The Ministry of Public Works has given the Engineering Council of Zimbabwe (ECZ) the nod to collect a 1 percent levy from all engineering projects in the country, which will boost the coffers of the Engineering Capacity Building Fund.
The money collected into the fund is expected to boost for the operations of the newly re-constituted ECZ.
The ECZ is the overseer body for the engineering industry in Zimbabwe; however, its operations have been constrained by lack of adequate funding.
ECZ chairman Engineer Martin Manuhwa said the fund would assist the organisation in extending its national reach.
"We need structures in each province that comprises inspectorate teams with vehicles and office space and other logistical support.
"In this respect, the Ministry of Public Works has approved an Engineering Capacity Building Fund.
"This fund, which will be drawn from a 1 percent levy on the engineering value of all projects costs, will be the seed money to ensure a sound rollout of the regulatory regime of the ECZ," he said.
He was speaking at an ECZ-organised stakeholders' engagement meeting. Approval of the Engineering Capacity Building Fund follows the recent re-constitution of the ECZ's Council by Public Works Minister Joel Gabuza Gabbuza.
The new council came into office on May 1 and its tenure will run until April 2014.
Its members are Eng Dawson Mareya, Eng Alban Nyakurimwa, Eng Albert Muyambo, Eng Wingfield Vengesayi, Eng Daniel Ncube, Eng Quinton Kanhukamwe, Eng Henry Hungwe, Dr Michael Tumbare, Eng Theodius Chinyanga Mrs Priscilla Lubombo and Mr David Manyathela.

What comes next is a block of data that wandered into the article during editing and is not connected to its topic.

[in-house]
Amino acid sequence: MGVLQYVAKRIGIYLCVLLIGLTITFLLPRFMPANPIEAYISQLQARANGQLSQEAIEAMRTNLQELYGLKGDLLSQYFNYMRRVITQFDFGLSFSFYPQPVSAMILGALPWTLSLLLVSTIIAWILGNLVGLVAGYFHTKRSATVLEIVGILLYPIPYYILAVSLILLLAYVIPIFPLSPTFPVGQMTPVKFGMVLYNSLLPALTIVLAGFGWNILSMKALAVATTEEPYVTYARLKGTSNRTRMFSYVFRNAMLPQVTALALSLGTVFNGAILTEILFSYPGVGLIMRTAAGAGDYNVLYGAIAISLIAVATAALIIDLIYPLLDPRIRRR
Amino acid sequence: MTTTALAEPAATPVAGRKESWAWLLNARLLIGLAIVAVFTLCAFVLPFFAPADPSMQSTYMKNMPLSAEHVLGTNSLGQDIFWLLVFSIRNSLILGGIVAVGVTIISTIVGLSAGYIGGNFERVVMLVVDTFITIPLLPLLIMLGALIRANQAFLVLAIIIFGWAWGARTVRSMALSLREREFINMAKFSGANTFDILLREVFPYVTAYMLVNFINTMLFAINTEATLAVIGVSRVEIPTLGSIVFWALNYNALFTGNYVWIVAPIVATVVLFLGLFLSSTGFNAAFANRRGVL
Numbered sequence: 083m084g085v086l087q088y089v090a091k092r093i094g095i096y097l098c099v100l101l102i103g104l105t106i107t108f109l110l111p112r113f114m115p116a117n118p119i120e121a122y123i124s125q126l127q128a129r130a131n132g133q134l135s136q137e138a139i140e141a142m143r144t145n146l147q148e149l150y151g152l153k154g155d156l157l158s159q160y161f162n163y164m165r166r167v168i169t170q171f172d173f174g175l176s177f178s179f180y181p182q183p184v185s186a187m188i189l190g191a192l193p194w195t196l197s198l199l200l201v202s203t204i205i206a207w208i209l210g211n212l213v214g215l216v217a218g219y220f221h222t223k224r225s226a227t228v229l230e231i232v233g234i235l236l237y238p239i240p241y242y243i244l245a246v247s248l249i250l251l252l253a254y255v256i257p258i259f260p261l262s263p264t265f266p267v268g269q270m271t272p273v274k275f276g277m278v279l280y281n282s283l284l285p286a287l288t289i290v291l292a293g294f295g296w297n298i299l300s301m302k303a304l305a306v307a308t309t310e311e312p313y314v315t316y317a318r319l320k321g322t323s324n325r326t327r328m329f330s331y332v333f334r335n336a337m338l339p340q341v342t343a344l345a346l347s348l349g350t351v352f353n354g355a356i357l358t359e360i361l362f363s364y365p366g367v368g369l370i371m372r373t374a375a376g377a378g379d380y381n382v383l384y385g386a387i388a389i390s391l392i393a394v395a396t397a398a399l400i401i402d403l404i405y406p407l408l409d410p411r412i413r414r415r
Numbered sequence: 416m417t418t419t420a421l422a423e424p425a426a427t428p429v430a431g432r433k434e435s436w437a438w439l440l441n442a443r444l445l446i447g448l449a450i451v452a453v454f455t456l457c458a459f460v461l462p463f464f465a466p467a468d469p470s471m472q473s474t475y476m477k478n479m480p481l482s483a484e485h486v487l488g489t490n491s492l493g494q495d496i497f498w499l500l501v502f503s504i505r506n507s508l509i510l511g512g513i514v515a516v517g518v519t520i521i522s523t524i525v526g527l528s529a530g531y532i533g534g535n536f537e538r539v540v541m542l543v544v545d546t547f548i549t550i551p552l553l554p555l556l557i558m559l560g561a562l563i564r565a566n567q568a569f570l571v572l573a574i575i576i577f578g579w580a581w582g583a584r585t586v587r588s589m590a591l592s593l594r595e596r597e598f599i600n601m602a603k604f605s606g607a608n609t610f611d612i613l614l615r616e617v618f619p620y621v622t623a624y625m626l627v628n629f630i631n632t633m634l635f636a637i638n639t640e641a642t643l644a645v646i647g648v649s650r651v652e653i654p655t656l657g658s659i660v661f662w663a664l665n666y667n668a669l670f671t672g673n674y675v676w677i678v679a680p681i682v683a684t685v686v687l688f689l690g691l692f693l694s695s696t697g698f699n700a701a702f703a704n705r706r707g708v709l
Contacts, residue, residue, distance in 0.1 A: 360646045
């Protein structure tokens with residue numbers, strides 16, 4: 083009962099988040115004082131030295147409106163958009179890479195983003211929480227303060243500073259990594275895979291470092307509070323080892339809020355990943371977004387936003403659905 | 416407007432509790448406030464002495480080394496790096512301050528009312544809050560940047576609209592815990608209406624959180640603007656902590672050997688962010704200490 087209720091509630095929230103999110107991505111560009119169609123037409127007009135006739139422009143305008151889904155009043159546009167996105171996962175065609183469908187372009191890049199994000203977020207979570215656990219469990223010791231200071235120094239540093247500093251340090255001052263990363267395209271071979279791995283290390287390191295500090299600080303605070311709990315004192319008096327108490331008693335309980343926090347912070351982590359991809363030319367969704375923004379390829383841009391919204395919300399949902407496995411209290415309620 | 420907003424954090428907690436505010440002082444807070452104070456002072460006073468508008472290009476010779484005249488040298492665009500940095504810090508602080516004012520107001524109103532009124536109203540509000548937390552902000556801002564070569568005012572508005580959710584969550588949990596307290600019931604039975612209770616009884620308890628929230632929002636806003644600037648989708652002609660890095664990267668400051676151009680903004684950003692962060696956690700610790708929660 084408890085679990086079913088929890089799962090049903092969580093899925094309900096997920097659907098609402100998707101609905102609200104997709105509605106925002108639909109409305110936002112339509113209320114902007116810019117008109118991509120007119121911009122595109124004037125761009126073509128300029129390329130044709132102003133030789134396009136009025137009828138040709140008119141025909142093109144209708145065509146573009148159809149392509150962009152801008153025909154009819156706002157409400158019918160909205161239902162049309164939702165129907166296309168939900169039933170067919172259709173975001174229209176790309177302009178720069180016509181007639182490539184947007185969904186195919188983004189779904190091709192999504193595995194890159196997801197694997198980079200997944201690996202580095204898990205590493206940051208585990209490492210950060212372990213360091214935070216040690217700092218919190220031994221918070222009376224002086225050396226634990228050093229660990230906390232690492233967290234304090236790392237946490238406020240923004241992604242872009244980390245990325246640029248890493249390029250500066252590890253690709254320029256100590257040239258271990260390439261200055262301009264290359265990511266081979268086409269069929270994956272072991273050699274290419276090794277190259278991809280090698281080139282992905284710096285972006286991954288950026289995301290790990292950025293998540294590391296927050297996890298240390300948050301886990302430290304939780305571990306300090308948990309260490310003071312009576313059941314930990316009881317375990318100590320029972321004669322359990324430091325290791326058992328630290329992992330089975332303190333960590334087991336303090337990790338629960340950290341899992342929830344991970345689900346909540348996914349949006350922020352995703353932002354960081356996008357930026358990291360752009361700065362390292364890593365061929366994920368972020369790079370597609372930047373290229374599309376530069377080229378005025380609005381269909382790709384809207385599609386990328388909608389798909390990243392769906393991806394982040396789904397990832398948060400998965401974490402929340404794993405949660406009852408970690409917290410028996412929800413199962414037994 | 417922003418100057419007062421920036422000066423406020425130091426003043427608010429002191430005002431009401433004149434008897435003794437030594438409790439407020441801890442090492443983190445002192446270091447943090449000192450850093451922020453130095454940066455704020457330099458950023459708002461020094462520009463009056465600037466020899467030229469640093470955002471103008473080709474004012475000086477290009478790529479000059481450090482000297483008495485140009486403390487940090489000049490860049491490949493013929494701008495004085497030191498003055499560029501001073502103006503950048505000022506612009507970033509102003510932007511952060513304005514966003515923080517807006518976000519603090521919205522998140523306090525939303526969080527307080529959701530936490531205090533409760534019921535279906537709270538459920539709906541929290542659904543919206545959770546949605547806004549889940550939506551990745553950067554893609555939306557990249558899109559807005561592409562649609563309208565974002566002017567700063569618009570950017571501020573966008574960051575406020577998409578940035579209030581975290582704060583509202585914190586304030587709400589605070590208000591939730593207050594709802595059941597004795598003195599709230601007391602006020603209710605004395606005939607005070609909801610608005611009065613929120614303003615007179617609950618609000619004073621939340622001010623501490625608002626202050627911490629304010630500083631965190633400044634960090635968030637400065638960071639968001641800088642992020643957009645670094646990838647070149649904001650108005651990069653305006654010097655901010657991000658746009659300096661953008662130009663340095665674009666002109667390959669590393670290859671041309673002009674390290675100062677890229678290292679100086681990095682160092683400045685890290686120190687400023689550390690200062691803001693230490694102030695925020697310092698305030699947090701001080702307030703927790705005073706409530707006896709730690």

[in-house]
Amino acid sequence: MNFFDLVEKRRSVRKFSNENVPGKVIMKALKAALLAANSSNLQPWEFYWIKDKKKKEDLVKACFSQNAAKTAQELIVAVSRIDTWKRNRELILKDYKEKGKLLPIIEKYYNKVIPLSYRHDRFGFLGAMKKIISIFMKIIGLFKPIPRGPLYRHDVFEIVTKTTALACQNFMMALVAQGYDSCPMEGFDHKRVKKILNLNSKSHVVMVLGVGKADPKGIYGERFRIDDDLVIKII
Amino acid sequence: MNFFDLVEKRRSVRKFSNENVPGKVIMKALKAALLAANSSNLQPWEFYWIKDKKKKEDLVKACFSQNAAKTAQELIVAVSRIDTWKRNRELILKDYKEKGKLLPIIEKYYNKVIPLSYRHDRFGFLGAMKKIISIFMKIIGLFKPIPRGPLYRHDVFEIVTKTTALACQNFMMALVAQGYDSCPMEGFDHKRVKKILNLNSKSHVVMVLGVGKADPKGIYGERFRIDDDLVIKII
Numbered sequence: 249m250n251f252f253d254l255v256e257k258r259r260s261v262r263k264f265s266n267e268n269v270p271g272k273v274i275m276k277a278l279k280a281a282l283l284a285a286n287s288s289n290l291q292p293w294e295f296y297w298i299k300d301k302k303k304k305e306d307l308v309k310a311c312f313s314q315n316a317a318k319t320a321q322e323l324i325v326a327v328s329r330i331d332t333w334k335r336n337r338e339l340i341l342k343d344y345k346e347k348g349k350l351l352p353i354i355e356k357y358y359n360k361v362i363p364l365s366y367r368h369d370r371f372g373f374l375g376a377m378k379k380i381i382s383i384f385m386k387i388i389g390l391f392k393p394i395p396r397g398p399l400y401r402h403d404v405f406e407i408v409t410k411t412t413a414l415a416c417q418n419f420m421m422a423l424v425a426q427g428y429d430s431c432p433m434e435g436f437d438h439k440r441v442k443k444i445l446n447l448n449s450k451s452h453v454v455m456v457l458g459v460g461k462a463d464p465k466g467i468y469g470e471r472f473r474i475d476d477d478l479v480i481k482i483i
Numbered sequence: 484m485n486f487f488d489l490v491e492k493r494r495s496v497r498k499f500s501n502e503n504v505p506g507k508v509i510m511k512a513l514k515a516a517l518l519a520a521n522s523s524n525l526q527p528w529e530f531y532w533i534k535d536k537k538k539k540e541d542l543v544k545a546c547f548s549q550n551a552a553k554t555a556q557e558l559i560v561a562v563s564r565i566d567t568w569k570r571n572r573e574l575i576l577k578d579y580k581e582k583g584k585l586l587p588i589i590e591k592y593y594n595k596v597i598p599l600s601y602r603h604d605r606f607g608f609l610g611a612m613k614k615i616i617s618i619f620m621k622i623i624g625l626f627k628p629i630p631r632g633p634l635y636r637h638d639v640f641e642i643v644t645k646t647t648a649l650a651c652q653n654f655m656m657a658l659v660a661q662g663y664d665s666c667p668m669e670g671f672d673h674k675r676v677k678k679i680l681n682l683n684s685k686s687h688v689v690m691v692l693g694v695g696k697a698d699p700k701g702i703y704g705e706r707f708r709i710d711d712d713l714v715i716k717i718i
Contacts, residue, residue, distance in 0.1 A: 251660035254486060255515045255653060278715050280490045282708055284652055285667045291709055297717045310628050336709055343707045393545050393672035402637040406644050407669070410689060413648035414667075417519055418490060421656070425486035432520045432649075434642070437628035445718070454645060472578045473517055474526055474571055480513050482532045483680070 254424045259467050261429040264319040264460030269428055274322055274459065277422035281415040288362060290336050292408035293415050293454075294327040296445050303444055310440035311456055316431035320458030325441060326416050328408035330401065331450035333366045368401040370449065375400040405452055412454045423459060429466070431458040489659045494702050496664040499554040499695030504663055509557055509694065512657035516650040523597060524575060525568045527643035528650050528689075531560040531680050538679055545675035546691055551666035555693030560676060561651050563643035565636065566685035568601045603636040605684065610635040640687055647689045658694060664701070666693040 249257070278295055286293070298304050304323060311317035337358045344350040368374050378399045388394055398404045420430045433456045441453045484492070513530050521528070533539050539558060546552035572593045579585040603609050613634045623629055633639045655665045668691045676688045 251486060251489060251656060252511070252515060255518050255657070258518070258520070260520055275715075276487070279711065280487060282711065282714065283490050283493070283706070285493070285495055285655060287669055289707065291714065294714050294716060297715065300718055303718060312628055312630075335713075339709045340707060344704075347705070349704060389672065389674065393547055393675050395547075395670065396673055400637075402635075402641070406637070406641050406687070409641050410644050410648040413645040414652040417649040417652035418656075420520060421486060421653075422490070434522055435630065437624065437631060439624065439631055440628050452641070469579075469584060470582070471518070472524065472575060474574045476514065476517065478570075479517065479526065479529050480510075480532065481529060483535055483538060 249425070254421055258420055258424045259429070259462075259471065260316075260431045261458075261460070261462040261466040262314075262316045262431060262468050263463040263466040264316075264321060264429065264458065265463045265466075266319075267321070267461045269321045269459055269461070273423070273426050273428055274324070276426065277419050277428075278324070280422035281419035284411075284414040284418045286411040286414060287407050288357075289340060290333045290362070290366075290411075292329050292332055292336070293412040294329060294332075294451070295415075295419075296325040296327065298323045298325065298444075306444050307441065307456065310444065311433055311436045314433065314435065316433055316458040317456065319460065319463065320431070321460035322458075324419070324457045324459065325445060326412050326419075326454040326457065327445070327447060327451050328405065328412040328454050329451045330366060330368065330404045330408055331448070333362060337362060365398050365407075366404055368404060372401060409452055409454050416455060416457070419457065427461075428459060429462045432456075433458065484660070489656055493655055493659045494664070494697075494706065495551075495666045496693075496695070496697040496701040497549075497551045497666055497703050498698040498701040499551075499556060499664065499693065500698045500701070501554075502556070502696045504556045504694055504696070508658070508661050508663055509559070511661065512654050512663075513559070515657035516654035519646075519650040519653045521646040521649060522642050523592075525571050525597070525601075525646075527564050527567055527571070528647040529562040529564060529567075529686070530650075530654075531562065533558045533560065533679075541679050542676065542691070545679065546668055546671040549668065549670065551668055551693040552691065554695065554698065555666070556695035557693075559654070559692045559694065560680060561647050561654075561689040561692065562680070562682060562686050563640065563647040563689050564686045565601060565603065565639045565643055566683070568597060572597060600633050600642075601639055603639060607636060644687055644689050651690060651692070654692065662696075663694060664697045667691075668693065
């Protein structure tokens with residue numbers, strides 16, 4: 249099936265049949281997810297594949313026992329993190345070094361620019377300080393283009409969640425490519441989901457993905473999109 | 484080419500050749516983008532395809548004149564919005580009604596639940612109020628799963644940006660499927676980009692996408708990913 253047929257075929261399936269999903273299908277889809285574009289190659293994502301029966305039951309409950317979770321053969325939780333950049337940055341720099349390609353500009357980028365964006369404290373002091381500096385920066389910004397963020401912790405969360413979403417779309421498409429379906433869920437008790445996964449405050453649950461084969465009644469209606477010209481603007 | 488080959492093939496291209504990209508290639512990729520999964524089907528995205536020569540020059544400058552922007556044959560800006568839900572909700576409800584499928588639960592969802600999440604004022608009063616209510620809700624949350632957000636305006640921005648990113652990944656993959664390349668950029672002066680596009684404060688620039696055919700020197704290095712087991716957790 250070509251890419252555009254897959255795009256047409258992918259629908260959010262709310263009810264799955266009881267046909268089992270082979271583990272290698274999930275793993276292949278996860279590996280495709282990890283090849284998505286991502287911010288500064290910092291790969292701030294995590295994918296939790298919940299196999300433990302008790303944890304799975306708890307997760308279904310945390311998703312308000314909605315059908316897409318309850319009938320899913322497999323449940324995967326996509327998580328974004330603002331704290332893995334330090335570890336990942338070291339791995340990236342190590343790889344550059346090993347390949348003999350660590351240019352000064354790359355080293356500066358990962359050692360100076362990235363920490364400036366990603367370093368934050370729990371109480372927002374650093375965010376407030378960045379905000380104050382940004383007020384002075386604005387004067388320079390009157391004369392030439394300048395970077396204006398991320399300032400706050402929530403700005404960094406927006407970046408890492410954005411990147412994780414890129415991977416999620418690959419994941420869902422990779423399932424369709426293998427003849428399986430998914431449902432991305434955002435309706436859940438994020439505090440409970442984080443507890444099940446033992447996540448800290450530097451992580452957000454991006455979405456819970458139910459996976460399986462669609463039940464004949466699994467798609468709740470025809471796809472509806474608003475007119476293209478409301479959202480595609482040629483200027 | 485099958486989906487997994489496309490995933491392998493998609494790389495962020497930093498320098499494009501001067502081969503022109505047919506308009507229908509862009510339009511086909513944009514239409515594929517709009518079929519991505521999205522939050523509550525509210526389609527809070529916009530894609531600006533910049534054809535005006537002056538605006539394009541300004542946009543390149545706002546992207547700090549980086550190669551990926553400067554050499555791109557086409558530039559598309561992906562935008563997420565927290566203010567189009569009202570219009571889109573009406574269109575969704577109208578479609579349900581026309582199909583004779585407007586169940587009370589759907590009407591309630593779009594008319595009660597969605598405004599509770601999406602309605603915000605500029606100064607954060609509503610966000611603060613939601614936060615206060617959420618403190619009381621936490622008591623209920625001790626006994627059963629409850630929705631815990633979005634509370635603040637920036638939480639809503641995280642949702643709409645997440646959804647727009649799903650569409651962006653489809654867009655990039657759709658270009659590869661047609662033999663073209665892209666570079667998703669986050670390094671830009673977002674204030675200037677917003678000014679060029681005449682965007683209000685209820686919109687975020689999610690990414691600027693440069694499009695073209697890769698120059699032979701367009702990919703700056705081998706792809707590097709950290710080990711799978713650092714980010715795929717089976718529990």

Council chairman Eng Manuhwa is deputised by Eng Farai Mavhiya, while Eng Ben Rafemoyo heads the secretariat team.
Speaking at the same event, Public Works Deputy Minister Senator Guy Georgias urged the private sector to assist in capacitating the ECZ in view of constrained fiscal resources.
"Government is painfully aware of the challenges faced by the council in discharging its mandate without the basic resources.
"Ordinarily such statutory bodies would be allocated a grant at least to get the new entity become functional. This has not been the case with ECZ due to the financial challenges faced by Treasury.
"The private sector and in particular engineering related companies are therefore challenged to partner with Government in capacitating this critical statutory body," he said.
The council said it is now close to enforcing the Engineering Council (General) Regulations of 2010 in respect of engineers and firms that are yet to regularise their operations.
Every engineer or engineering firm operating in the country, whether local or foreign, are required to be registered by the ECZ failure of which non-compliant parties will have their licences revoked.
The Engineering Council (General) Regulations of 2010 were promulgated so as to fully operationalise the Engineering Council of Zimbabwe Act (Chapter 27:22).
In terms of the Act, every engineer or firm that is registered under the ECZ is required to pay an annual licensing fee to the council, which will also supplement the Engineering Capacity Building Fund.